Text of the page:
Monthly Archives: March 2012

Journal Writing

This is the time of the year when Kindergartners and First Grade really take off with their writing.  They have been learning and developing the skills needed for writing for 6 months and they are now ready to use them.  Teachers really enjoy this time of the year.  It is when most children start to consistently and independently use the skills that they have been taught this year.  We see it in the classroom, children are writing letters to each other, to teachers, writing books and writing every chance they get. One way to keep this enthusiasm alive at home is to encourage your child to keep a journal at home.  Not only does this help them to keep their writing and thinking skills sharp, the journal will act as a time capsule of this particular time in their lives.  All that your child needs is a notebook, a pencil and a quiet working space.  He/she should be writing every day for enjoyment having nothing to do with any homework assignments.  The more they write, the more they will enjoy writing.  When you take a long car drive, bring the journal, when you go away for the weekend, bring the journal. Definitely when you go away for an extended period of time, bring the journal.  Writing in the journal at the end of a day can help your child recap his/her day and they could another dimension to the journal by adding illustrations. Please get your child a blank notebook and watch the journal fill up with all of your child’s wonderful thoughts and memories.

If your child is unsure as to how to begin, here is a list of prompts that will get the creativity flowing:



Filed under First Grade, Kindergarten, Language Arts, Writing

Dr. Seuss in First Grade

Our school, along with thousands of other schools across America has been celebrating Dr. Seuss’ birthday week by reading many of his famous books.  The children love the books and can’t stop listening to the non-sensical way that Dr. Seuss had with words. One activity that my class did during the week was to color a glyph of Dr. Seuss’ cat in the hat.  A glyph is a type of reading activity where the child reads a sentence (i.e, if you are a girl, color the tie orange, if you are a boy, color the tie purple, etc.) and then completes a task on the paper depending up the answer to a question.  Not sure what a glyph is, here is a sample:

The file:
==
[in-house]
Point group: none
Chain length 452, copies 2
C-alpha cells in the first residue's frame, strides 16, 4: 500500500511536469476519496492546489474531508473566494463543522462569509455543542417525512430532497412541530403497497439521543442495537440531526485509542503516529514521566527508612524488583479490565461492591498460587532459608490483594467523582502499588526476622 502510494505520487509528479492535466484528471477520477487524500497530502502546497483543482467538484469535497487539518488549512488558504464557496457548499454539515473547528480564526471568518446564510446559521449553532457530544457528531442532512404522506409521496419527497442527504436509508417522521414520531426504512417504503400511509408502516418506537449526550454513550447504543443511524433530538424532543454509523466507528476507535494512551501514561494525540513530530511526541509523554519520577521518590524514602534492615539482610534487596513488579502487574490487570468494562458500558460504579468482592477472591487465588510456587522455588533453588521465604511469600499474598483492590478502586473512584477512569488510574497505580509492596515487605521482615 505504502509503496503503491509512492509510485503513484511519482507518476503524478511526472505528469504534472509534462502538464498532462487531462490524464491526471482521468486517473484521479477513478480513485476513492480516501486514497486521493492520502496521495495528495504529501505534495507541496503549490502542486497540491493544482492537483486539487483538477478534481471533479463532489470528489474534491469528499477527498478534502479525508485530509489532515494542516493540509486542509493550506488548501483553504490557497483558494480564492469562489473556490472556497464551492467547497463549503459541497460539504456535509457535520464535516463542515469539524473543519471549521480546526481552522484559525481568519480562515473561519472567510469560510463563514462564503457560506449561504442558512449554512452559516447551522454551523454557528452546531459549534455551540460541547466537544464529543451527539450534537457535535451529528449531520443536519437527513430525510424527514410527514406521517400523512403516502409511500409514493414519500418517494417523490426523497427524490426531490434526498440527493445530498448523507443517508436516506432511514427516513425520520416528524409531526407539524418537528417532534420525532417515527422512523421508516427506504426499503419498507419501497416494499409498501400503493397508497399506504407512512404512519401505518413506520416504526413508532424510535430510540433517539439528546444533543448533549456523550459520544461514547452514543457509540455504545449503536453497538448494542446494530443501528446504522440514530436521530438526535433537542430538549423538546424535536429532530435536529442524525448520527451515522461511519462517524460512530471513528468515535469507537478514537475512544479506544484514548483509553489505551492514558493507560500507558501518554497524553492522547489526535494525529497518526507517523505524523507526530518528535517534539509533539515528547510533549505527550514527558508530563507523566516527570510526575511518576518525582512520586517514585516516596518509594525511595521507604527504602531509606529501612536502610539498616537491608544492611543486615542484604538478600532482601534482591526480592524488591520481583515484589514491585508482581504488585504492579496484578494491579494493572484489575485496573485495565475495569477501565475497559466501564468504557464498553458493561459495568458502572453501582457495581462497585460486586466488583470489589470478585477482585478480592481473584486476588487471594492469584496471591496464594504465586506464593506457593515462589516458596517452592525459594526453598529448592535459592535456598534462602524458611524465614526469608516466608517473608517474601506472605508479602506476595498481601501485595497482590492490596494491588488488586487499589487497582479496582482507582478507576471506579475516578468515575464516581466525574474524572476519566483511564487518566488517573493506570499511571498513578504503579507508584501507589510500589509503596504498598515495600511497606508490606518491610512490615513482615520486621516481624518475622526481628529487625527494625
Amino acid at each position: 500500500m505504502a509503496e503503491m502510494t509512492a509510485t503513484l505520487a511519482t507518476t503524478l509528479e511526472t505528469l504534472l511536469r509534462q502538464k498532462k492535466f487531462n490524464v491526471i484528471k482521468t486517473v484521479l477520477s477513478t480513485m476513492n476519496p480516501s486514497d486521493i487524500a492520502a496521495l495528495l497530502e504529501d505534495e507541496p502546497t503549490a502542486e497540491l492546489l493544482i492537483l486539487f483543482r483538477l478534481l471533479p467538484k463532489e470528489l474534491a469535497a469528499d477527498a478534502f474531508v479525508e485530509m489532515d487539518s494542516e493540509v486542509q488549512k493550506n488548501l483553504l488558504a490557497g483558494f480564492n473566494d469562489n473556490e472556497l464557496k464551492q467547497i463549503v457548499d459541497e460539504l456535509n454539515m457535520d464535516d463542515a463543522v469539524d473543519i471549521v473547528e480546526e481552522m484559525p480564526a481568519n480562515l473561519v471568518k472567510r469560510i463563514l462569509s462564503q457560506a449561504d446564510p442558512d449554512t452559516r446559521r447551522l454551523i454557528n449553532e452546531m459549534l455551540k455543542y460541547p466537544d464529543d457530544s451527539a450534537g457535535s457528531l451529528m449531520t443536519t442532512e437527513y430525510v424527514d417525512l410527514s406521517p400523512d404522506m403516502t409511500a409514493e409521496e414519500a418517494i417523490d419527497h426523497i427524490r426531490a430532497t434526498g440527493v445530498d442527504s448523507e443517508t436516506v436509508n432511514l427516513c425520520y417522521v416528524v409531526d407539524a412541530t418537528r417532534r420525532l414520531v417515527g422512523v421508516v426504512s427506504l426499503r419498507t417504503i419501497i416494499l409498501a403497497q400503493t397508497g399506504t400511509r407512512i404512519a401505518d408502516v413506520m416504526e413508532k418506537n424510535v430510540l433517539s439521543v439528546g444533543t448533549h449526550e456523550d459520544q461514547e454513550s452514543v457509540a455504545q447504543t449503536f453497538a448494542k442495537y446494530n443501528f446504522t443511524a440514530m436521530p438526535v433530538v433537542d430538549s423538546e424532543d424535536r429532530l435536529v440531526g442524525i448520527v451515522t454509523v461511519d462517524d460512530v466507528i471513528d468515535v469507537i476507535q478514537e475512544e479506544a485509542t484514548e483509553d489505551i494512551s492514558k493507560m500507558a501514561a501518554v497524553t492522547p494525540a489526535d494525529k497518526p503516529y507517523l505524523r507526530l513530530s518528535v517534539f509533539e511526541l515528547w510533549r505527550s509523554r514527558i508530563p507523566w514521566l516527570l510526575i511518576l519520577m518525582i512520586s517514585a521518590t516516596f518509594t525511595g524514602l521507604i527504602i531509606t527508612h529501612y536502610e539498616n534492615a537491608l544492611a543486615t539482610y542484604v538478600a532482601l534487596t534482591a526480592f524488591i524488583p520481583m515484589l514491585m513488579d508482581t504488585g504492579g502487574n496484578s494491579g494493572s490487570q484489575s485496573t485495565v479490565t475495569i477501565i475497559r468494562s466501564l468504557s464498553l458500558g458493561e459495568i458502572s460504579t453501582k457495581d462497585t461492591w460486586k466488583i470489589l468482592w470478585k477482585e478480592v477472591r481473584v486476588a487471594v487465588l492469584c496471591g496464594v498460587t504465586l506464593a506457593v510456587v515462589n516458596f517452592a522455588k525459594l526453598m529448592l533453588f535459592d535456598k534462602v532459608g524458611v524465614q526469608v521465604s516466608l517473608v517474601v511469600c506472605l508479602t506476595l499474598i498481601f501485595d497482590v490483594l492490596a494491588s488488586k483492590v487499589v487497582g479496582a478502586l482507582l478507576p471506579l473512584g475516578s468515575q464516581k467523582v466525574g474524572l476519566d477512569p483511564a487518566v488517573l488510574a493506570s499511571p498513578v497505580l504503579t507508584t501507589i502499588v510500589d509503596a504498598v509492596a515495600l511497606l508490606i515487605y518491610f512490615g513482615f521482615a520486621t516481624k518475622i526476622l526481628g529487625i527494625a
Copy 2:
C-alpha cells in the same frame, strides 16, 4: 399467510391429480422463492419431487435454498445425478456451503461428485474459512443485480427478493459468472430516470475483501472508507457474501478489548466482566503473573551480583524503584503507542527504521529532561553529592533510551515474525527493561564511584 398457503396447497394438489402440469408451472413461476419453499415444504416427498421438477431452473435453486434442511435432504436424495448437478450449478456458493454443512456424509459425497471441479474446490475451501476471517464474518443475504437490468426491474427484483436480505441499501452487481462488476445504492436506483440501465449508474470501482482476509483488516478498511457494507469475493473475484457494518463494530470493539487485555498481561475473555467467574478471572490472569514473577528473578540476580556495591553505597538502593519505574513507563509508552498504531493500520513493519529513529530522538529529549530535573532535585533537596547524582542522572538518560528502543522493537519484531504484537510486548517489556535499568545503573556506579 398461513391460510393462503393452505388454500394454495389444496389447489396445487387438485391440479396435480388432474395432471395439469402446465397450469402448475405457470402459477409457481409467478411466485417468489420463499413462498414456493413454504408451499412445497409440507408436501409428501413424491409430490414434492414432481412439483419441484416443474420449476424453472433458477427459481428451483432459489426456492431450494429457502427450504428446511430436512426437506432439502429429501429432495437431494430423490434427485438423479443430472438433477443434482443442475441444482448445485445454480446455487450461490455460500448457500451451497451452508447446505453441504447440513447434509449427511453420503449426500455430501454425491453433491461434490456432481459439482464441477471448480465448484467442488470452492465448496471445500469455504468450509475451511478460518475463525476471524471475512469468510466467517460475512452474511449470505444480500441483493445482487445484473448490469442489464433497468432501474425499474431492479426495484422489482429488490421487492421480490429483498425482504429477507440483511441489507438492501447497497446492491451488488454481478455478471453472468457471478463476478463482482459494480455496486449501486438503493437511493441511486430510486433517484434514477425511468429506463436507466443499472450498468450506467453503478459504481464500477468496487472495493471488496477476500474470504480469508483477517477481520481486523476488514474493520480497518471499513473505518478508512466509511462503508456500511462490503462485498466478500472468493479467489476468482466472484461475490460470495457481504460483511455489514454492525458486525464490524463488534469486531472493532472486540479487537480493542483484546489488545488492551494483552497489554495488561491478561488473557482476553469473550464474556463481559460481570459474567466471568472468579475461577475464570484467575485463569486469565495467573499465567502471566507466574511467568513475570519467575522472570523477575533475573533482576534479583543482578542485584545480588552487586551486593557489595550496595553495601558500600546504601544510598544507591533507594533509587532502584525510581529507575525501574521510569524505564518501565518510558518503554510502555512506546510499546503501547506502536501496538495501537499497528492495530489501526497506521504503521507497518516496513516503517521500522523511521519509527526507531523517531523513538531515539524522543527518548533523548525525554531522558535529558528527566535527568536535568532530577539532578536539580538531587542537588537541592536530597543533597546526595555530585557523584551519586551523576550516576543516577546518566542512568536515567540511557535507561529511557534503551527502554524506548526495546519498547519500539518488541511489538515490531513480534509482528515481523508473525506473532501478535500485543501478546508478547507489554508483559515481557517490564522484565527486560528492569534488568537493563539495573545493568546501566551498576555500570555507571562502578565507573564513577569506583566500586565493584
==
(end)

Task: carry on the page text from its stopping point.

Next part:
On my glyph it said, if you like Dr. Seuss books, color the Cat in the Hat’s hat red and white, if you do not like Dr. Seuss books, color the hat black and blue.  Naturally, I expected all of the hats to be red and white and was a little surprised when one girl colored it black and blue.  I called her over to ask her about it, and she said ‘oh, I used to like him when I was little, but now I prefer chapter books!”  What? When I was little? This all saddened me very much.  This girl is 6 years old, that’s still little for me. So many first graders think that they are older, more grown up and a real reader if they read only chapter books.  Keep in mind that these same children may not be able to retell the sequence of the chapter book, may not be able to name the main characters, and may not be able to tell you the main idea of any of the chapters of the book, but to them and their parents, they are ‘reading.’  Parents, please take the time to read some, or all of Dr. Seuss’ books to your child.  Here is a complete list of all of his books.  Check it out.


They are too good to pass up and you will enjoy reading them as much, if not more than your child.  Please don’t have it be your child that enters a first grade classroom and proudly announces that they are too old for Dr. Seuss.  Sad, sad, sad!

Leave a comment

Filed under Beginning Readers, First Grade, Improving Reading Skills, Kindergarten, Language Arts, Parents

Creative and Imaginative Play

“It turns out that all that time spent playing make-believe actually helped children develop a critical cognitive skill called executive function.  Executive function has a number of different elements, but a central one is that ability to self-regulate.  Kids with good self-regulation are able to control their emotions and behaviors, resist impulses, and exert self-control and discipline.” (Excerpt from:  Old-Fashioned Play Builds serious Skills written by:  Alix Spiegel

My daughter, who lives several time zones away from me, sent me an article to read because she knows how passionate I am about young children, their development and the NECESSITY of free and imaginative play to develop children’s critical thinking skills. It is a very sad statement about today’s children that too many of them are not allowed to, or do not even know how to ‘just play.’ What I mean is:  No toys, no coaches, no promise of a trophy, no fancy uniforms, no parents, no instructions, just be creative and play.  Teachers watch on the playground as children try to be imaginative in their play, but often the children just want to come and talk to the teacher supervising the playground, because in reality, the child does not know what to do.  How very, very sad! I understand how society has changed and perhaps you don’t feel that your neighborhood is a safe environment for your child.  Well, he/she can practice ‘playing’ inside as well.  No TV, video games, i-phones, i-pads, computers, toys, games, … just imaginative and creative play.  Try it with your child and see just how hard it really is for them. It shouldn’t be, but it is.  Teachers are well aware of how hard it is for your child, but you need to see it first hand for yourself.  Please read this very informative article about the absolute need for children’s imaginative lay.  Then please take a moment to make a comment about what you have read.  I am really curious about how parents will react to the article.


Filed under First Grade, Kindergarten, Parents, Play